Friday, April 30th, 2004
…in tribute to broadcaster Bob Edwards, who finishes up “24 years and 6 months” of hosting the popular NPR program this morning. I know this with some precision because he mentions it several times in just that way—a small sign, perhaps, of the frustration he feels at not being able to cross the 25-year finish line later this year as Morning Edition host.
Just finished listening to the replay of his final few minutes on the MP3 stream that my G5 faithfully records every day before dawn, and I got kinda choked up when they played the long version of the B.J.Liederman-composed theme at the end of Bob’s interview with CBS’s Charles Osgood (who will “see us” on the radio, he always says at the end of Sunday Morning).
“Do you know why we’re talking this morning?” Bob asked Osgood. Turns out the first interview he did on Morning Edition was with Osgood in 1979. “You’re my alpha and omega.”
I always remember—perhaps over-remember—my encounter with Edwards and NPR’s Linda Wertheimer when they came to cover—and host All Things Considered from—the Ohio University campus in the spring of 1976. I remember Mo Udall campaigning on the college green, Jimmy Carter’s sons visiting town, and Edwards getting lots of attention from the young women who worked at WOUB radio.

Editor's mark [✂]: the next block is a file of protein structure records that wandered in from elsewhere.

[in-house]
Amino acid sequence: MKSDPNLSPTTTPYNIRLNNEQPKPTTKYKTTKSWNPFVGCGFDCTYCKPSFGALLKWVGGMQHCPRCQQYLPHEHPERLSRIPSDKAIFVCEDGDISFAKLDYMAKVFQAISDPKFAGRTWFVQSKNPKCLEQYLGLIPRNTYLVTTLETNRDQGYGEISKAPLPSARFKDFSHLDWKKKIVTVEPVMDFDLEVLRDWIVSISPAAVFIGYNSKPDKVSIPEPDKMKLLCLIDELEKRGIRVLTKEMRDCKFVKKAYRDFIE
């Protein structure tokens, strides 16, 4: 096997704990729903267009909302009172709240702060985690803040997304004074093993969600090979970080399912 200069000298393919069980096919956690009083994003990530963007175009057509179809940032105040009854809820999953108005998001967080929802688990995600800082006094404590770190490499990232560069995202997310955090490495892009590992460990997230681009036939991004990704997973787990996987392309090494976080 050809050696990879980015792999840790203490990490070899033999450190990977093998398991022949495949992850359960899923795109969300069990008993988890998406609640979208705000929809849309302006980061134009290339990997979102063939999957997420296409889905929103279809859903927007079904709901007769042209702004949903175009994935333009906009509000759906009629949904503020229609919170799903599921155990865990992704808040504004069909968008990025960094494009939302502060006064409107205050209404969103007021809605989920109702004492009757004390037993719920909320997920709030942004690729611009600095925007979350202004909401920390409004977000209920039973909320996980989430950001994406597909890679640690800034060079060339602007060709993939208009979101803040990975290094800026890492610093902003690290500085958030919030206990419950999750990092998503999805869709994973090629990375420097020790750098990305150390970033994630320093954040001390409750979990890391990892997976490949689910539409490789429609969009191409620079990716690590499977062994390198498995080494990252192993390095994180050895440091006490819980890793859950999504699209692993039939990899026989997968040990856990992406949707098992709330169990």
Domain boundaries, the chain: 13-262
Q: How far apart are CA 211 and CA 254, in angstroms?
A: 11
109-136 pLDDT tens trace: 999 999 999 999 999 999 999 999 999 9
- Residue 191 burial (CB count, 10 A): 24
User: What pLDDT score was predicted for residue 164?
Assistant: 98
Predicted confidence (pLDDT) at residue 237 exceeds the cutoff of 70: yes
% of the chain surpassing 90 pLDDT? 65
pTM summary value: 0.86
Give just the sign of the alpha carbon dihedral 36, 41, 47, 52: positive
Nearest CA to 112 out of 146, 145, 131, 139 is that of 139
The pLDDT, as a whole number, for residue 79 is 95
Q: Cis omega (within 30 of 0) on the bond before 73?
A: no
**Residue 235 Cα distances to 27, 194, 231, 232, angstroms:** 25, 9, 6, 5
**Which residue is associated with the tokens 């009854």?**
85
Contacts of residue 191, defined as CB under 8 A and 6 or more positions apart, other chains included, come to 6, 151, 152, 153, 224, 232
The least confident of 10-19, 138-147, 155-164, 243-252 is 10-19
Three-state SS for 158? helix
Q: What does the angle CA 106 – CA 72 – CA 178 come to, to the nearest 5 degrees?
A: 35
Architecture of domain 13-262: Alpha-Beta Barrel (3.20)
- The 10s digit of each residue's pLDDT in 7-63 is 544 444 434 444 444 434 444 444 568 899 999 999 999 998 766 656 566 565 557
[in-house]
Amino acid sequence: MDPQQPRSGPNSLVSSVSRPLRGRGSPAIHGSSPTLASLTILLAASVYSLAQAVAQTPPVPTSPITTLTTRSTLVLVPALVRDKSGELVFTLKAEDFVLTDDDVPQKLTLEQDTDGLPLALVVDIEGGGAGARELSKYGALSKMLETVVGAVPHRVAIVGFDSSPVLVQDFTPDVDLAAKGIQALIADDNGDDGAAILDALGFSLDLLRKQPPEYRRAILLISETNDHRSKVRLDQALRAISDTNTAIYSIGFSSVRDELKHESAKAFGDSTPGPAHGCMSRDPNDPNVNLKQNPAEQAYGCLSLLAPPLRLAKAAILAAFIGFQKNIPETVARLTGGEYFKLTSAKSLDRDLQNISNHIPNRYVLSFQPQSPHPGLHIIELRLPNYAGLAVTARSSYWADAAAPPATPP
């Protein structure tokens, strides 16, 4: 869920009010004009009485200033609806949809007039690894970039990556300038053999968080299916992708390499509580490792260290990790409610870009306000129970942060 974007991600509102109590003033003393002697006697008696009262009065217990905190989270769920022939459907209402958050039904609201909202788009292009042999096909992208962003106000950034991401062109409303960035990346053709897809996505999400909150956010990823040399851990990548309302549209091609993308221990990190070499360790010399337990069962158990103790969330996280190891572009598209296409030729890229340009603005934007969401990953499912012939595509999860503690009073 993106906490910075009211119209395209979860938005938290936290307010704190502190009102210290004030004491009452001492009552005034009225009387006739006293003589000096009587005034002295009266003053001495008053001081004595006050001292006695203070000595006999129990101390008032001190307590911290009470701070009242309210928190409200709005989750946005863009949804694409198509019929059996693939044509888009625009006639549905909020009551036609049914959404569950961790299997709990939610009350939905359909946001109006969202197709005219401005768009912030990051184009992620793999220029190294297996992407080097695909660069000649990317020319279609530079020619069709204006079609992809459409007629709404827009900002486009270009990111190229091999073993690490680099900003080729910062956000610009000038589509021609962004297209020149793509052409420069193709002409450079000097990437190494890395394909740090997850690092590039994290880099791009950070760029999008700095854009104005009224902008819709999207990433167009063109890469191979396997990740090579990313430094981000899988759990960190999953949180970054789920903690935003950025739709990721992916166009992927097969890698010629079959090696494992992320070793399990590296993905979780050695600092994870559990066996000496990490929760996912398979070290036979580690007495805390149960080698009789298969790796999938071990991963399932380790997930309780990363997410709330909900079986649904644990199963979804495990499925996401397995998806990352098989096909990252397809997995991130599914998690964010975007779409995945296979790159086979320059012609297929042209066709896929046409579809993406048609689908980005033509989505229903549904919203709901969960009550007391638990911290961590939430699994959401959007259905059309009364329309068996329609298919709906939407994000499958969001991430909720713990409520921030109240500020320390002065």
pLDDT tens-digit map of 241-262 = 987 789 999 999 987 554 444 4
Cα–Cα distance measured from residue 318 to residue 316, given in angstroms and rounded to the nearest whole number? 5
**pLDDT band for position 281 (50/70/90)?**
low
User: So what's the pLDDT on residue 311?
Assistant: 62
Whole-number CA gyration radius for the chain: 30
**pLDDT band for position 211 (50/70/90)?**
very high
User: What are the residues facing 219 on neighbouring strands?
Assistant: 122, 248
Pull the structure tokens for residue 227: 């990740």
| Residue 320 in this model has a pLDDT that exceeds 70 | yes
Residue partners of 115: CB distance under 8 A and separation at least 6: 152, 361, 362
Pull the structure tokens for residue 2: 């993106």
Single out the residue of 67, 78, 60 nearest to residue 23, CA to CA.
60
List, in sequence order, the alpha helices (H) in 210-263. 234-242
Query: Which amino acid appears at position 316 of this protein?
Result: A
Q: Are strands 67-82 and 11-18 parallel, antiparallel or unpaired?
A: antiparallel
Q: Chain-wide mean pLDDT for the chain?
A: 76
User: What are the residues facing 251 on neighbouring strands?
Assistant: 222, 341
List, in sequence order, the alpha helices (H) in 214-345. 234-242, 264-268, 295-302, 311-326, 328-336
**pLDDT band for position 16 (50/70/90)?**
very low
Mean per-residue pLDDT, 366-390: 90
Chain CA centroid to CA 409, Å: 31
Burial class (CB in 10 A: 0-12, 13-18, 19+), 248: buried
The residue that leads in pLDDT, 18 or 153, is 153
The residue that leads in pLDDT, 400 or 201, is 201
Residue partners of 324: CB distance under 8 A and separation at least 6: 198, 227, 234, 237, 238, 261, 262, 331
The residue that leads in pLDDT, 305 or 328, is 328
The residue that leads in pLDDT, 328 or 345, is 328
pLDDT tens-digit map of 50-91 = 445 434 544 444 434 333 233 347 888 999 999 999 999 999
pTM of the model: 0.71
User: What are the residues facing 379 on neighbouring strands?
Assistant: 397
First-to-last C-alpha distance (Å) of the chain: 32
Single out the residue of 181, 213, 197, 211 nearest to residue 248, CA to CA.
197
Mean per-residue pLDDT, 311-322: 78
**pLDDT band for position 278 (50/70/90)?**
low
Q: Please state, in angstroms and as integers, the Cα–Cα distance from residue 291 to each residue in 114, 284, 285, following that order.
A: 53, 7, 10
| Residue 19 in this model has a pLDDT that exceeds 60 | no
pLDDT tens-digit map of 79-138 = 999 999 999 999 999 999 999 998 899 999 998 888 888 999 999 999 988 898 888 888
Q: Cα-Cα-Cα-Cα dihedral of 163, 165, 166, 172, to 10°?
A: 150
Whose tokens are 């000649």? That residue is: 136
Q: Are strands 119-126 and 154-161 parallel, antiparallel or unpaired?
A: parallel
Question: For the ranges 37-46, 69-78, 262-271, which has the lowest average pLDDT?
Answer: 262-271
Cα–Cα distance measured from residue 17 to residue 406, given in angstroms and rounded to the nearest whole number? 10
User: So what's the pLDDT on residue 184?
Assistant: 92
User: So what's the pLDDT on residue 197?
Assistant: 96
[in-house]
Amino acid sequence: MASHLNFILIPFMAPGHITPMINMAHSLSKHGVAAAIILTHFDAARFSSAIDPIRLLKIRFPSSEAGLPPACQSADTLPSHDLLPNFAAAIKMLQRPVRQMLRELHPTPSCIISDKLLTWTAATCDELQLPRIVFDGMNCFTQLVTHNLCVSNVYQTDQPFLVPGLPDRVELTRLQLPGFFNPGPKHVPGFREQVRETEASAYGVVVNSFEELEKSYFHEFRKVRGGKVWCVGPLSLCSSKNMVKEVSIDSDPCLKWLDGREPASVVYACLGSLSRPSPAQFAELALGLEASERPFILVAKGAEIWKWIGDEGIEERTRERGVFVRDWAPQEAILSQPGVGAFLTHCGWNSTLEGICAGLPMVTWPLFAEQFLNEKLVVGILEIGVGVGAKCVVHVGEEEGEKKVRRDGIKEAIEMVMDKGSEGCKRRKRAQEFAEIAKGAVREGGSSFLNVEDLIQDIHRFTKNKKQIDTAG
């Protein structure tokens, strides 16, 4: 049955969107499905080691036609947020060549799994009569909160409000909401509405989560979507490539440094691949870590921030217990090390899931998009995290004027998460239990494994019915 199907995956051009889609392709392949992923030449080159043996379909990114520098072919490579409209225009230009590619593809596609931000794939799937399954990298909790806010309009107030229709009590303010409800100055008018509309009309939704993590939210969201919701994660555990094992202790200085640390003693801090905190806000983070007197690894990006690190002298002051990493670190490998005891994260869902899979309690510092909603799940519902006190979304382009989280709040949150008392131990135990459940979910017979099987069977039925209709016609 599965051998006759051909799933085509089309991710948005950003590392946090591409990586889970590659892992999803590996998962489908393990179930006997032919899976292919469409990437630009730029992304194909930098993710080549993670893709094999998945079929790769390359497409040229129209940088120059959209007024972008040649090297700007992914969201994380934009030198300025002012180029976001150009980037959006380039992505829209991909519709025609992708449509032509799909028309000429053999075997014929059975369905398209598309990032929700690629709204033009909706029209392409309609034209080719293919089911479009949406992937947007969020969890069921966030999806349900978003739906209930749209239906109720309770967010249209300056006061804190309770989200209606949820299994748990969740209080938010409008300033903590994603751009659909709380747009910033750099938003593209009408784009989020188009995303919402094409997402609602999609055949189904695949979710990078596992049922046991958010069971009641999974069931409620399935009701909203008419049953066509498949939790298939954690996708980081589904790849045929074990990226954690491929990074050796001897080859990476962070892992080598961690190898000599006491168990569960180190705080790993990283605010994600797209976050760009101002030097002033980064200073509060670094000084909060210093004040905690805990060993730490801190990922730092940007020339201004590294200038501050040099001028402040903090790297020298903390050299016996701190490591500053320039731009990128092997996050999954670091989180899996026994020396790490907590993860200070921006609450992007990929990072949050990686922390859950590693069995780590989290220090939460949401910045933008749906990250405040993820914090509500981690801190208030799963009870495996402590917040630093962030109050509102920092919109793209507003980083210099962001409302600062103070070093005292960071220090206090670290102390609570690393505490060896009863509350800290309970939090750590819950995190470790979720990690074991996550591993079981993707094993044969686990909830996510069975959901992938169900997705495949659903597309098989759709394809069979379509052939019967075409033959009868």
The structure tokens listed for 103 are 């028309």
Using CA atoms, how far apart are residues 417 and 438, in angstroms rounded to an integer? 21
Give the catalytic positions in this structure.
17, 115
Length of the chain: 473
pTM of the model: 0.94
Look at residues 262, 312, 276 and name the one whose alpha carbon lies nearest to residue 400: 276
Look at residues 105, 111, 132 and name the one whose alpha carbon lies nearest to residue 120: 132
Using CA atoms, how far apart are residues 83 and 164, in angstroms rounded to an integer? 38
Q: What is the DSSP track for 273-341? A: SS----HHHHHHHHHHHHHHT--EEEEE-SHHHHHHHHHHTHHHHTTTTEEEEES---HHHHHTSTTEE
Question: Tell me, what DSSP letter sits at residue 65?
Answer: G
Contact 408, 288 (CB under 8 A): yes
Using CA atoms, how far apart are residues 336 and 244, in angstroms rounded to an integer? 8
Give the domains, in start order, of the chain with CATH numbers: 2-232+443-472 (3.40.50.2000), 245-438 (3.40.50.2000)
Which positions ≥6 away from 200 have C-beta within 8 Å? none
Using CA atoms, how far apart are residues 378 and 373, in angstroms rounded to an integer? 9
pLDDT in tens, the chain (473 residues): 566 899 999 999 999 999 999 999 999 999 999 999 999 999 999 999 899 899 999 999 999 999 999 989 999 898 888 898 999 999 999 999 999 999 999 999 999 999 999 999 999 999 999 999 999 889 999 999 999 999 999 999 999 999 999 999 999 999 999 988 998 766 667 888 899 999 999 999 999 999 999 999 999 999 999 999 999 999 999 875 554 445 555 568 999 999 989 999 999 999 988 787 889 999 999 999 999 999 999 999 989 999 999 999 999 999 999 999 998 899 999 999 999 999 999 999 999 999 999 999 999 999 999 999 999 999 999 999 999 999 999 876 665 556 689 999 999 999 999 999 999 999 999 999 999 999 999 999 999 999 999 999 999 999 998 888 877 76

I got into the dabbling I do with radio and television from generally romantic notions of what “broadcasting”—make that “Broadcasting”—was all about, born of a time when having an FCC license and serving as a public trustee meant something. I’ve always been impressed with the likes of Edward R. Murrow (guess who’s writing a book on Murrow), the steadfast voices of the BBC and CBC, and Cronkite, Schorr, Kuralt—and Edwards. Like most public figures, those latter men, on close examination, are filled with personal flaws and weaknesses, but they did a job on-air that was—and is—honorable.
That counts for something in my book.